Saturday, October 31, 2015

Advantages of the dive bar

My hotel in Los Angeles had a small dive bar in the back. I love small dive bars, so this was a nice treat for me. Business hotels where conferences are held always have bars that are way too geared towards executives on expense accounts and are sterile facsimiles of a good “joint” (see About Last Night for the true meaning of a “joint”).

Just one example. The bar was small so it had a limited selection of beer and wine. But the bartender was an expert on equivalencies. For example, I ordered an Angel City IPA, but they didn’t have it. But he knew that the Lagunitas IPA was closer than the Stone IPA in taste so he recommended that one. He did the same with my friend’s wine order.

This demonstrates all three levels of customer service empathy.
·         He showed cognitive empathy in his understanding of what attributes of a beer are important to a customer when recommending an alternative.
·         He showed affective empathy in his understanding that this would be important enough to customers to warrant investment of his time to keep up on beer and wine that his bar doesn’t serve.
·         He showed sympathetic empathy in his clear demonstration that this wasn’t a bid to get a good tip; he really cared.

This Week in EID - Episode 78

As you probably have noticed, we focused EID this week on the Human Factors and Ergonomics Society conference. The Proceedings are not up yet, but I will make sure to link to the specific papers when I can.

Monday and Tuesday’s posts came out before the conference started, so those posts are pre-con. Monday was about getting the most value from a conference. The source article was not from an HFES member, but I tried to focus the EID piece on the HFES meeting specifically. If anyone read it just before going to the conference, hopefully it was helpful.

Tuesday’s article was about game training and decision making bias. I was supposed to give a workshop on gamification at the conference on Monday, so the post was supposed to be on that. But my surgery got in the way. I think this was a good replacement for EID.

Wednesday covered the Tuesday conference keynote address by John Nance. He is a world renown speaker and showed why at the conference. He had lots of good anecdotes and videos to share. If you are interested in health care, safety, reliability and agile organizations, or aerospace, he is a good source.

Thursday covered the User Experience Day keynote address by Chris Pacione from LUMA Institute. His keynote was on design thinking. But rather than give the usual lecture, he broke everyone into teams and had us doing a problem framing exercise on the walls. We decided to ask forgiveness from the hotel afterwards rather than permission before because they have a rule against taping things to the walls. We used poster-sized post-it notes, so there was no damage or marks on the walls. No harm no foul, right?

Next week will feature some of the specific sessions at the conference. The award winning papers, the design prizes, the on-site competitions, and the other notable topics.  I look forward to writing them, so I hope you are looking forward to reading them.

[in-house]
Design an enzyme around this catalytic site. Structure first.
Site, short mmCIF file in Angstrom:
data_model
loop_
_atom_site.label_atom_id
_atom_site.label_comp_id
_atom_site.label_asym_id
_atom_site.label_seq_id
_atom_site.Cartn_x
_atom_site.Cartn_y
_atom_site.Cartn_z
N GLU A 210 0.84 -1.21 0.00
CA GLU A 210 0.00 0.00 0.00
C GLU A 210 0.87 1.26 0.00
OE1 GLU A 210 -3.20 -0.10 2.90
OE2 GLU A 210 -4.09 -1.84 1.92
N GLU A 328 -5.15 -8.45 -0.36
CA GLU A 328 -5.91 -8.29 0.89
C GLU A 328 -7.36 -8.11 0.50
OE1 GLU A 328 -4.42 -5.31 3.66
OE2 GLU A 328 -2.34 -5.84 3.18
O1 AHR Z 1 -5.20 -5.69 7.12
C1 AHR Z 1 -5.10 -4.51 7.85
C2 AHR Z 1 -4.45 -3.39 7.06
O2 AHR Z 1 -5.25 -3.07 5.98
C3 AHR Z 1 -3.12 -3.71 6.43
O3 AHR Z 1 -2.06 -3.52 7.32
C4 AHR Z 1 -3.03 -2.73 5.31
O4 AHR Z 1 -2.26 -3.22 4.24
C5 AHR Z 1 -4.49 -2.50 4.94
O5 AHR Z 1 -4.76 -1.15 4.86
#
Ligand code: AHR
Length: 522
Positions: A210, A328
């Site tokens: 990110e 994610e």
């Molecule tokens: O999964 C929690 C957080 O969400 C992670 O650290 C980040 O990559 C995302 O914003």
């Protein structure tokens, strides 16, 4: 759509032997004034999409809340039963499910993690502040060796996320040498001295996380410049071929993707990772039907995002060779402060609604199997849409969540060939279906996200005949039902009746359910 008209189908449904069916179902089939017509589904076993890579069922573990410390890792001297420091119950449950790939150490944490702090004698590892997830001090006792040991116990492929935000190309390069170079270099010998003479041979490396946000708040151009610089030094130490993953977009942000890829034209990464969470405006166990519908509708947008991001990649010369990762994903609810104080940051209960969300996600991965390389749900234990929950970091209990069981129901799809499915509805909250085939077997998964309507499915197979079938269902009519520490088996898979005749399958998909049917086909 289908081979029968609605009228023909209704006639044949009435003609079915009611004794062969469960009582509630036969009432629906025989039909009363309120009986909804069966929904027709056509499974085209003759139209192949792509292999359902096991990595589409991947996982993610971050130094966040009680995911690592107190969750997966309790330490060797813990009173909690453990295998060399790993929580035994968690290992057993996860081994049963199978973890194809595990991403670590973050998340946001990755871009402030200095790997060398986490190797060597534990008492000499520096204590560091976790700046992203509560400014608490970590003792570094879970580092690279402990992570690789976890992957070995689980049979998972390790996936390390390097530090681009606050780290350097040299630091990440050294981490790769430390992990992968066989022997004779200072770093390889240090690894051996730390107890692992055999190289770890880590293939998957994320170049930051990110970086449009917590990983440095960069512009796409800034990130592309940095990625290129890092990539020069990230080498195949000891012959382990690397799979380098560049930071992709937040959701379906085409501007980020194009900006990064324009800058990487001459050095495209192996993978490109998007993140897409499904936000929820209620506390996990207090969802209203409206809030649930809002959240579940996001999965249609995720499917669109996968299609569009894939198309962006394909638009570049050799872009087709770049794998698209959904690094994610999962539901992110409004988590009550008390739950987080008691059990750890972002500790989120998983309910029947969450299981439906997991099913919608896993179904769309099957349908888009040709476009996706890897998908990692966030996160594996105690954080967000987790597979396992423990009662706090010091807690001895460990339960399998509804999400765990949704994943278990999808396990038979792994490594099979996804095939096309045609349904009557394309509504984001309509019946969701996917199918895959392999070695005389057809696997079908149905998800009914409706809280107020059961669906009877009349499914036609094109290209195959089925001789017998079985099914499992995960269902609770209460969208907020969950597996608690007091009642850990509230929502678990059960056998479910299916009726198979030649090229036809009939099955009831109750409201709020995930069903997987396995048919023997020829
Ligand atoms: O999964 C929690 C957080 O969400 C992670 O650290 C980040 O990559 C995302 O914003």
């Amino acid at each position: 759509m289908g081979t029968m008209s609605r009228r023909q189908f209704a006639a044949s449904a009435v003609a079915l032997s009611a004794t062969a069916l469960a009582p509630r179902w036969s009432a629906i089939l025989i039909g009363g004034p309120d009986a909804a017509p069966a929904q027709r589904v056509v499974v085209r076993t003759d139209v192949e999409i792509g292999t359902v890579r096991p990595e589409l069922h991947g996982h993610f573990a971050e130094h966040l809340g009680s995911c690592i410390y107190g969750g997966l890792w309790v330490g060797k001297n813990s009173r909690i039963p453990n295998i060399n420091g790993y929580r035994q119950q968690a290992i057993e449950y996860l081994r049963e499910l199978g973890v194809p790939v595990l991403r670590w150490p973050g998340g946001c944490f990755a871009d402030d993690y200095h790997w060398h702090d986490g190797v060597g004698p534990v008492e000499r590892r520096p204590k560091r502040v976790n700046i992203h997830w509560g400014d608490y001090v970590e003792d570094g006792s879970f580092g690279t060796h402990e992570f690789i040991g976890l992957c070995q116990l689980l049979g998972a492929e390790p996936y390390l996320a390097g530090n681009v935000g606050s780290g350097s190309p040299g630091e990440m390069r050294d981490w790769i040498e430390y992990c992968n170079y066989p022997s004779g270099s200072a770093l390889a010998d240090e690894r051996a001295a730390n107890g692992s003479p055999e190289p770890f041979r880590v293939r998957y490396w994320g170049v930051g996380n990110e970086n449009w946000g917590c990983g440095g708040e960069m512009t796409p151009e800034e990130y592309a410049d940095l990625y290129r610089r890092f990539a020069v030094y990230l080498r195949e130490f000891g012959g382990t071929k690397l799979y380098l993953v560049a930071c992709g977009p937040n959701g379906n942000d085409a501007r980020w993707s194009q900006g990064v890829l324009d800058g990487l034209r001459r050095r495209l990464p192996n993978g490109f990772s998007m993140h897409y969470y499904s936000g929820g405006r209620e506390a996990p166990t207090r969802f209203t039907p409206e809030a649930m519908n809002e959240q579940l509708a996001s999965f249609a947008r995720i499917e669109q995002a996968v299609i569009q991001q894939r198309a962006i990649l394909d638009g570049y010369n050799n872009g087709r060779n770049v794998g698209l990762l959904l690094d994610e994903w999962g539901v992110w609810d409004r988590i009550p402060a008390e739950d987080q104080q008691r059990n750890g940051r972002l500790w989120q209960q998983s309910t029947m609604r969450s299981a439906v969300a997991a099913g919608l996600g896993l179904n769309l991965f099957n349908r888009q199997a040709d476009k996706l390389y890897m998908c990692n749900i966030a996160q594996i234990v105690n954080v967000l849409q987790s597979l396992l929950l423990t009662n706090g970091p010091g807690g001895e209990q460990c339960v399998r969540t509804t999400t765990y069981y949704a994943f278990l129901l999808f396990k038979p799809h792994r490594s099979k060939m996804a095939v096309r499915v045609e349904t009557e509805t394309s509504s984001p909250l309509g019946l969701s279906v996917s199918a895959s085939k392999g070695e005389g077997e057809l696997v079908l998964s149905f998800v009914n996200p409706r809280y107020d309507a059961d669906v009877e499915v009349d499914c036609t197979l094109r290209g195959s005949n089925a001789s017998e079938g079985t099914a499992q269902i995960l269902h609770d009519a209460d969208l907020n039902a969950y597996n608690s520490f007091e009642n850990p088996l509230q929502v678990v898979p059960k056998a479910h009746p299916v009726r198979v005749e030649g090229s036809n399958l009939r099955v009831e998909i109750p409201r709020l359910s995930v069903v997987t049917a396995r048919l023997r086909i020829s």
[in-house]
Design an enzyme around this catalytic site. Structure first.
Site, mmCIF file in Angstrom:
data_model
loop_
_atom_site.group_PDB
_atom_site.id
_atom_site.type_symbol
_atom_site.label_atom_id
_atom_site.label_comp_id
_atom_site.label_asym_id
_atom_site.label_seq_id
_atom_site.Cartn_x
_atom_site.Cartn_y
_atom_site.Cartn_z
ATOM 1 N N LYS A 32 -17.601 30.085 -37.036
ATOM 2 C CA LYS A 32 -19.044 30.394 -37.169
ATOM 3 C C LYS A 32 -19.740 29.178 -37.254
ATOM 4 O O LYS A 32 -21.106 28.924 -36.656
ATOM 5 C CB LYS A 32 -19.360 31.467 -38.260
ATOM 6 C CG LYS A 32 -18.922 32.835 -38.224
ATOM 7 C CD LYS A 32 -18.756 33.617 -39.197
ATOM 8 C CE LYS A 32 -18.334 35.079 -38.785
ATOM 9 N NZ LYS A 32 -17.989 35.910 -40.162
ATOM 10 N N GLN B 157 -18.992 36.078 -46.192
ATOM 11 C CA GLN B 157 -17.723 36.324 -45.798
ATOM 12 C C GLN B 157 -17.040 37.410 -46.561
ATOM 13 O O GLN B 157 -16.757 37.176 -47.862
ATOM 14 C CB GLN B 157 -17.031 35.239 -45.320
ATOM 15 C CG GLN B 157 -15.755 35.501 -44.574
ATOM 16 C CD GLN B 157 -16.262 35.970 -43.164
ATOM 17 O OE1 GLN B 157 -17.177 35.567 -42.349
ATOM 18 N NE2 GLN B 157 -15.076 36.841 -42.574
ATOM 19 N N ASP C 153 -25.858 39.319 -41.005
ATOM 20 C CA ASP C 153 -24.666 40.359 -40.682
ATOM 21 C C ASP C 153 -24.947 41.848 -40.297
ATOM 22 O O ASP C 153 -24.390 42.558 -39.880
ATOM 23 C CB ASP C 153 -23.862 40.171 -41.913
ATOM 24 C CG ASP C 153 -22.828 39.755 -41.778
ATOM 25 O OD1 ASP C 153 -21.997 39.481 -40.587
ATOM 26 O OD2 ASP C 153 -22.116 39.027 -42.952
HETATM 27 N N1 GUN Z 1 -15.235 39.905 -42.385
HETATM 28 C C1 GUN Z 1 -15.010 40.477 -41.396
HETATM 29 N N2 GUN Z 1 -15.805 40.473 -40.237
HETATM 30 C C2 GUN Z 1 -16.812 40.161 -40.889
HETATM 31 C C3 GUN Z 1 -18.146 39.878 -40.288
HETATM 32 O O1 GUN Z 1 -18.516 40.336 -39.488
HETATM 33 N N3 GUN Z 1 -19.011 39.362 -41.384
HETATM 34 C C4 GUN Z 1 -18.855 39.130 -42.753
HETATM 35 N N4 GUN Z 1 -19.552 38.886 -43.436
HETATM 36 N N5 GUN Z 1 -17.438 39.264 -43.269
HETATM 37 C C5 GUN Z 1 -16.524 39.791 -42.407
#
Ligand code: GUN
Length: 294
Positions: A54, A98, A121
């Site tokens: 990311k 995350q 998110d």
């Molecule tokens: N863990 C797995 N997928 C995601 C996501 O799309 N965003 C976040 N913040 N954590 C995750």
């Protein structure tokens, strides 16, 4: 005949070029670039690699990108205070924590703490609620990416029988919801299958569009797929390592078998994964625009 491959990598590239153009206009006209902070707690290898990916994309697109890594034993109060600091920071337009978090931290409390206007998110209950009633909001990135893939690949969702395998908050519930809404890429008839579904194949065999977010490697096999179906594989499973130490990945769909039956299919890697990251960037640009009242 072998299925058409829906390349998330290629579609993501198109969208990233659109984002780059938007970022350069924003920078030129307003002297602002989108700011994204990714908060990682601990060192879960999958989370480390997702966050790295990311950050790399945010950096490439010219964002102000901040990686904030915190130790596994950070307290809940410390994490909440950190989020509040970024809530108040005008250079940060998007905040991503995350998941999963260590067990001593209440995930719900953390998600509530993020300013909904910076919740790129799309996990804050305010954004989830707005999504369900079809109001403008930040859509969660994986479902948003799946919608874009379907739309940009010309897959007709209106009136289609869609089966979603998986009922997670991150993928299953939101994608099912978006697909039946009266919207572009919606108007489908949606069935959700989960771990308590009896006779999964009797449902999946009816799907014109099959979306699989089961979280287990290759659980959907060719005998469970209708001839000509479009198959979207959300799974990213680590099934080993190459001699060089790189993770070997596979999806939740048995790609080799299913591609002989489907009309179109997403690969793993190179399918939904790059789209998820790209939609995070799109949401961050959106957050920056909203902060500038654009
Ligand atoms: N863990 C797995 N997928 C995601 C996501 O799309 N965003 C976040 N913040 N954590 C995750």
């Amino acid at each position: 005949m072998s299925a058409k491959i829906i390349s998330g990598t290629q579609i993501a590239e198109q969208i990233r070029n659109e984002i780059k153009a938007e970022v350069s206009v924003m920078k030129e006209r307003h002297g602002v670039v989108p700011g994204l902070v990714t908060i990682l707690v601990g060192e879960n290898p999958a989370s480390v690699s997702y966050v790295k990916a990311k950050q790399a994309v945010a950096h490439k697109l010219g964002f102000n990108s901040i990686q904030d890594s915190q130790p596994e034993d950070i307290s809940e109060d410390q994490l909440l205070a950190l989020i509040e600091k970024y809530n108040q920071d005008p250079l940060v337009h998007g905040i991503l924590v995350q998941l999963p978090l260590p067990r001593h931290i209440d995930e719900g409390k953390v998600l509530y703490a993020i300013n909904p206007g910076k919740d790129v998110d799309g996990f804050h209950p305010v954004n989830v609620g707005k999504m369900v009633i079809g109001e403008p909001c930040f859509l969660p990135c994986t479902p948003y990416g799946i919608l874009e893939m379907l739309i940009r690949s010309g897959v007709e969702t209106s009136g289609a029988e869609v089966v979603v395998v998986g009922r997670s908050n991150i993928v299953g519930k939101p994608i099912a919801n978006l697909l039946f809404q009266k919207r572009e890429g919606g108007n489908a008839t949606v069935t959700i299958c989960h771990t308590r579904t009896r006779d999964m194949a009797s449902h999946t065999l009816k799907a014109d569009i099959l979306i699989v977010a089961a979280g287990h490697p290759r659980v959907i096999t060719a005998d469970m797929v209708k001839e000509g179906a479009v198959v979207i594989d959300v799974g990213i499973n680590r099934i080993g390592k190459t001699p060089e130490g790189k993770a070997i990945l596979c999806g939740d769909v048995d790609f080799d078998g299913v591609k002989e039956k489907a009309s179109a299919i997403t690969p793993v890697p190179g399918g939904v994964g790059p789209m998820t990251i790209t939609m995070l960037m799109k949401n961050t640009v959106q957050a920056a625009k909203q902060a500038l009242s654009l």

Friday, October 30, 2015

Curious Business Strategy

As part of the User Experience Day conference that I have organized for the past four years at the HFES Conference, I get bids from bars and pubs for a happy hour. We generally ask them for space for 100-150 people, one drink ticket per person, and enough appetizers to keep us going for 2 hours or so. The quotes run $7-$10,000 usually.

These are places in a major city downtown so we don’t expect them to be cheap. It always seemed a bit much to me, but our meeting planners always tell me that this is about right for what we are asking for.

Unfortunately, we didn’t get a sponsor this year, so we canceled the happy hour. But of course, we can’t end a long day of design thinking and hackathons without some fun. So at 5:30pm we went to a nearby bar figuring we would play it by ear.

I think we had about 75 people. Not as many as usual, but I guess some people only come when the food is free (which it was this year too, but we didn't tell them in advance). The total bill came out to be $400 for the food and another $400 for the drinks. With tax and tip we ended up just over $1,000 (currently sitting on my credit card – ouch). 

How can it possibly be $1,000 for 75 people and $8,000 for 150 people? I checked the bids to find out. The formal bids add a fee for assigning us our own server.  They add a fee for blocking off a set area of the bar just for us. They double the price of drinks because they don’t give us the happy hour prices and add an extra rip for some reason I can’t fathom. Same thing with the appetizers – no happy hour prices and a surcharge. Then there is a catering fee. I think there was even a larger tax for some reason.

This year, we still took over our own area of the bar because at 5:30 on a Wednesday night it wasn’t that crowded. We still got our own server because we were the only people there to serve. The food tasted just as good at happy hour prices. The drinks too.  The bar made a ton more money than they would have without us.

So here are two questions. First, have we been suckers for the past four years? The meeting planners told us the quotes were normal so that would mean hundreds of groups are suckers every day.

Second, is it ethical to show up to a bar unannounced with 75 people? I could tell that our server was irritated at first, until she realized how much money she was going to make. We were really nice about it. And I will give them a nice review on Yelp and Trip Advisor too. We are taking a risk that the bar won’t be so empty, but that is on us, not on them.